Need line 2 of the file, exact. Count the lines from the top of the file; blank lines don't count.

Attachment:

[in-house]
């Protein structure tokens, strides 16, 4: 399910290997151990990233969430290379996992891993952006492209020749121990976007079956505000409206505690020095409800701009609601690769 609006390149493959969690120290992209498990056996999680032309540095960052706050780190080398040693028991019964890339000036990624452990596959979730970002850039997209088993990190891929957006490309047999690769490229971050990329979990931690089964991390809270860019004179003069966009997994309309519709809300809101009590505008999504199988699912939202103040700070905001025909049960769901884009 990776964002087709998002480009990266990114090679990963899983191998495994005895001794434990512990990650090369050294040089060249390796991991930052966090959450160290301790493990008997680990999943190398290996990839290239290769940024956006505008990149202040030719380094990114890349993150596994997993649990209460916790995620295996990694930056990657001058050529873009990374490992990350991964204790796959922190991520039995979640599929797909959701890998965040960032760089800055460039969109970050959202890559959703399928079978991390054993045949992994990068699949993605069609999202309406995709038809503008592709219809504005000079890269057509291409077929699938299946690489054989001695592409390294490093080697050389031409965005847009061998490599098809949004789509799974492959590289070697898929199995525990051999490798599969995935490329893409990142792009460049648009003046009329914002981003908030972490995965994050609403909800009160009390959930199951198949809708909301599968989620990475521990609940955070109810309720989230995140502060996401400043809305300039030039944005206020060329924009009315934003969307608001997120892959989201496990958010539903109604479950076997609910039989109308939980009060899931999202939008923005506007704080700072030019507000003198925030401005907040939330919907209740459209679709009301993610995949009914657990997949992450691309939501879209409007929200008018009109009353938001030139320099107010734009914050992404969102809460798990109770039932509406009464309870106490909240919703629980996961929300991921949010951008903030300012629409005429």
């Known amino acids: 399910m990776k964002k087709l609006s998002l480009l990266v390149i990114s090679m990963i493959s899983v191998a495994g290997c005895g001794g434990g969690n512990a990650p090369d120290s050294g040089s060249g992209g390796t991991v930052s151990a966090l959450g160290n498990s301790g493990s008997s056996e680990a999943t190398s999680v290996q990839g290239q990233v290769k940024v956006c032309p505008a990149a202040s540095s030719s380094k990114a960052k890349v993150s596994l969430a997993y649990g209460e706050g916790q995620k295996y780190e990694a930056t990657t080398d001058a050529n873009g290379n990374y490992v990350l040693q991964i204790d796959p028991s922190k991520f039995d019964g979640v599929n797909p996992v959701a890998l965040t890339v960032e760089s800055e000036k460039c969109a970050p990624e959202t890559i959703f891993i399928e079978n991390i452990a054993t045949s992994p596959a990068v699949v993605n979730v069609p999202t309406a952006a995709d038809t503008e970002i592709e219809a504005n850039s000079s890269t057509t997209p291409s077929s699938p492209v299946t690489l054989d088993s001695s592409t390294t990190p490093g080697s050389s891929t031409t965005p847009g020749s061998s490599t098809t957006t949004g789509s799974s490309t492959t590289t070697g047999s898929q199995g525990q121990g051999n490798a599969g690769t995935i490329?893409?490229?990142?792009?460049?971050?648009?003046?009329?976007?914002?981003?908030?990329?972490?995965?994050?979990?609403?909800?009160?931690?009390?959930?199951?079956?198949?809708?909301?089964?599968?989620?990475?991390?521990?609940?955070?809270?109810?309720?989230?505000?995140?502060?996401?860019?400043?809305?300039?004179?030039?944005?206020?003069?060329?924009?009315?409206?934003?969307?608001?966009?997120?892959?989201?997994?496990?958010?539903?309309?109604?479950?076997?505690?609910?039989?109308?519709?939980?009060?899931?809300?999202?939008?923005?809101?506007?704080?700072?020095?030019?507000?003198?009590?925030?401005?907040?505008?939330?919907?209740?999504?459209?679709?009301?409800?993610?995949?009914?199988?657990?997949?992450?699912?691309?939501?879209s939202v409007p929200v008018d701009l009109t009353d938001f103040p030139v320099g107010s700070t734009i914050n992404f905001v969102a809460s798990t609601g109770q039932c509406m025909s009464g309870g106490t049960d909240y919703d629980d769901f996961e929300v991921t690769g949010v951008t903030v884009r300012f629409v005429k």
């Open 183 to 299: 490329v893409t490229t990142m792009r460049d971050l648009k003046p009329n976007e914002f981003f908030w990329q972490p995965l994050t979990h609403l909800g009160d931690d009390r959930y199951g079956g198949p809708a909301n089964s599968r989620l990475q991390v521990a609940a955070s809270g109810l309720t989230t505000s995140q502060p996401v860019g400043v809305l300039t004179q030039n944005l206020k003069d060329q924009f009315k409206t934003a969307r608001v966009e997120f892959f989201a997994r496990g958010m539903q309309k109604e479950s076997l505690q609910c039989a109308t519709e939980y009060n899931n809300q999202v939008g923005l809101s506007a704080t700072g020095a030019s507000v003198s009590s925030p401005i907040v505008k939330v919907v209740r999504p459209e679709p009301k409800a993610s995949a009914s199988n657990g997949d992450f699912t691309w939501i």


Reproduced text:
């Protein structure tokens, strides 16, 4: 399910290997151990990233969430290379996992891993952006492209020749121990976007079956505000409206505690020095409800701009609601690769 609006390149493959969690120290992209498990056996999680032309540095960052706050780190080398040693028991019964890339000036990624452990596959979730970002850039997209088993990190891929957006490309047999690769490229971050990329979990931690089964991390809270860019004179003069966009997994309309519709809300809101009590505008999504199988699912939202103040700070905001025909049960769901884009 990776964002087709998002480009990266990114090679990963899983191998495994005895001794434990512990990650090369050294040089060249390796991991930052966090959450160290301790493990008997680990999943190398290996990839290239290769940024956006505008990149202040030719380094990114890349993150596994997993649990209460916790995620295996990694930056990657001058050529873009990374490992990350991964204790796959922190991520039995979640599929797909959701890998965040960032760089800055460039969109970050959202890559959703399928079978991390054993045949992994990068699949993605069609999202309406995709038809503008592709219809504005000079890269057509291409077929699938299946690489054989001695592409390294490093080697050389031409965005847009061998490599098809949004789509799974492959590289070697898929199995525990051999490798599969995935490329893409990142792009460049648009003046009329914002981003908030972490995965994050609403909800009160009390959930199951198949809708909301599968989620990475521990609940955070109810309720989230995140502060996401400043809305300039030039944005206020060329924009009315934003969307608001997120892959989201496990958010539903109604479950076997609910039989109308939980009060899931999202939008923005506007704080700072030019507000003198925030401005907040939330919907209740459209679709009301993610995949009914657990997949992450691309939501879209409007929200008018009109009353938001030139320099107010734009914050992404969102809460798990109770039932509406009464309870106490909240919703629980996961929300991921949010951008903030300012629409005429």